On June 28, 2013, a single bolt of lightning sparked an inferno that devoured more than eight thousand acres in northern Arizona. Twenty elite firefighters – the Granite Mountain Hotshots – walked together into the blaze, tools in their hands and emergency fire shelters on their hips. Only one of them walked out. Dickman brings to the story a professional firefighter’s understanding of how wildfires ignite, how they spread, and how they are fought. He understands hotshots and their culture: the pain and glory of a rough and vital job, the brotherly bonds born of dangerous work. Drawing on dozens of interviews with officials, families of the fallen, and the lone survivor, he describes in vivid detail what it’s like to stand inside a raging fire – and shows how the increased population and decreased water supply of the American West guarantee that many more young men will step into harm’s way in the coming years.

Between Two Fires: A Fire History of Contemporary America, by Stephen J. Pyne (University of Arizona Press, (Oct.) 2015 / 552 pp., $29.95 paper)

In Between Two Fires, Pyne recounts how, after the Great Fires of 1910, a policy of fire suppression spread from America’s founding corps of foresters into a national policy that manifested itself as a costly all-out war on fire. After fifty years of attempted fire suppression, a revolution in thinking led to a more pluralistic strategy for fire’s restoration. The revolution succeeded in displacing suppression as a sole strategy, but it has failed to fully integrate fire and land management and has fallen short of its goals. Today, the nation’s backcountry and increasingly its exurban fringe are threatened by larger and more damaging burns, fire agencies are scrambling for funds, firefighters continue to die, and the country seems unable to come to grips with the fundamentals behind a rising tide of megafires. Pyne has once again constructed a history of record that will shape our next century of fire management. Between Two Fires is a story of ideas, institutions, and fires. It’s America’s story told through the nation’s flames.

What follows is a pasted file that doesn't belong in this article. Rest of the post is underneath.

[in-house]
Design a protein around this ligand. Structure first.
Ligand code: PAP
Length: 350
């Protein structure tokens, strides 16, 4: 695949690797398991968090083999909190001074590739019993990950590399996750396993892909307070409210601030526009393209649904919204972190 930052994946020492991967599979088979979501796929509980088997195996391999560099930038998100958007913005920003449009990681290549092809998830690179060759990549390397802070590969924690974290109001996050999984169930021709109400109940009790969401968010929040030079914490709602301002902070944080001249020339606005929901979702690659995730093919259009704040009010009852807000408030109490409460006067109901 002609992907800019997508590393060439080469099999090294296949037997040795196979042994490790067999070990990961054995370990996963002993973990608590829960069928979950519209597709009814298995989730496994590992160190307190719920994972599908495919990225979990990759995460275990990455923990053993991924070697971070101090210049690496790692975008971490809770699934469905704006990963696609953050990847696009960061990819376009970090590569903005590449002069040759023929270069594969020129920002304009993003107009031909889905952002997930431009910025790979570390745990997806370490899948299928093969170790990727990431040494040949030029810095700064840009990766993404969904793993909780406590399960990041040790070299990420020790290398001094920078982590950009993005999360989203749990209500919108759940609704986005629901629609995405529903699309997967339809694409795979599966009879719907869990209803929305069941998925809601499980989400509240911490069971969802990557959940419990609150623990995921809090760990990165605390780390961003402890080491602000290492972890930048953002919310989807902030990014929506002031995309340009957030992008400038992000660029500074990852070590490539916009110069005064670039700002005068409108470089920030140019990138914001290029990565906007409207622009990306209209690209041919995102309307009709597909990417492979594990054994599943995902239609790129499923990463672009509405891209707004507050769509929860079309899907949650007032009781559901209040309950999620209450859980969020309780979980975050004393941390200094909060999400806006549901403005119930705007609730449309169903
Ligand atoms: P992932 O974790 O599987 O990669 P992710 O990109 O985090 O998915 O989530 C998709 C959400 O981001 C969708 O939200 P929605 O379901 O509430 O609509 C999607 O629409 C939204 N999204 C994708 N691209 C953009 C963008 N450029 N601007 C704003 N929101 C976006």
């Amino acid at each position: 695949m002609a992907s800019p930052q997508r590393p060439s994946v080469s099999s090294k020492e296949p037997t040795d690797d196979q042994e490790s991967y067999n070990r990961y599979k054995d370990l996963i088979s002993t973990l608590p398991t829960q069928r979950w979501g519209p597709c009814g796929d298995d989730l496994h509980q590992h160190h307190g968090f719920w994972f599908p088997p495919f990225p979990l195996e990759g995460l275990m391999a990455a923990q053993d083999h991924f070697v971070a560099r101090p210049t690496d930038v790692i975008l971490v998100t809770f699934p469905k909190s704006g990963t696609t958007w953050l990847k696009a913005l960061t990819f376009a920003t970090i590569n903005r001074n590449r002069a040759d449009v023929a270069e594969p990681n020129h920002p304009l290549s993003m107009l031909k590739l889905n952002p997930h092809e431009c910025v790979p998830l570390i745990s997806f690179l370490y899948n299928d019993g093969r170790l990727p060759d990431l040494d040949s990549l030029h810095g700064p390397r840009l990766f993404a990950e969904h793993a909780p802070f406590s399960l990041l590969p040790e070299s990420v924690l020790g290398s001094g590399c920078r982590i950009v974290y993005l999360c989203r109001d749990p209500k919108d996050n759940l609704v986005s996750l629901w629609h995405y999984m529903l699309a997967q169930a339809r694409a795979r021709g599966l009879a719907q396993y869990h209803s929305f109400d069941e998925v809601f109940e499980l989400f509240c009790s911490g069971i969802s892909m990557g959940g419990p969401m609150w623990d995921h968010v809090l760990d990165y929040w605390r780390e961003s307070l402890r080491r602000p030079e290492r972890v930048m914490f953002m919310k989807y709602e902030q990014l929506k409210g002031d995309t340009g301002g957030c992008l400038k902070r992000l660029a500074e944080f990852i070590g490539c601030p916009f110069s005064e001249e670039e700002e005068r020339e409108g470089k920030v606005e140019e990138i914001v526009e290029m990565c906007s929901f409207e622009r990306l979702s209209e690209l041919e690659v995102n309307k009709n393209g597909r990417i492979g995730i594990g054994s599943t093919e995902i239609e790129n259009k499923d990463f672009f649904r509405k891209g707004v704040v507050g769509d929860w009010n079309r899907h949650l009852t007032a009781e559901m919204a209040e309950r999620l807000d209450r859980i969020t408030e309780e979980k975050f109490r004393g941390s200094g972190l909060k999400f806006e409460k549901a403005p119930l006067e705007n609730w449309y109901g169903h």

Smoke Jumper: A Memoir by One of America’s Most Select Airborne Firefighters, by Jason A. Ramos and Julian Smith (William Morrow, 2015 / 256 pp., $24.99)

Forest and wildland fires are growing larger, more numerous, and deadlier every year – record drought conditions, decades of forestry mismanagement, and the increasing encroachment of residential housing into the wilderness have combined to create a powder keg that threatens millions of acres and thousands of lives every year. One select group of men and women are part of America’s front-line defense: smokejumpers. The smokejumper program operates through both the U.S. Forest Service and the Bureau of Land Management. Though they are tremendously skilled and only highly experienced and able wildland firefighters are accepted into the training program, being a smokejumper remains an art that can only be learned on the job. Forest fires often behave in unpredictable ways: spreading almost instantaneously, shooting downhill behind a stiff tailwind, or even flowing like a liquid. In this extraordinarily rare memoir by an active-duty jumper, Jason Ramos takes readers into his exhilarating and dangerous world, explores smokejumping’s remarkable history, and explains why their services are more essential than ever before.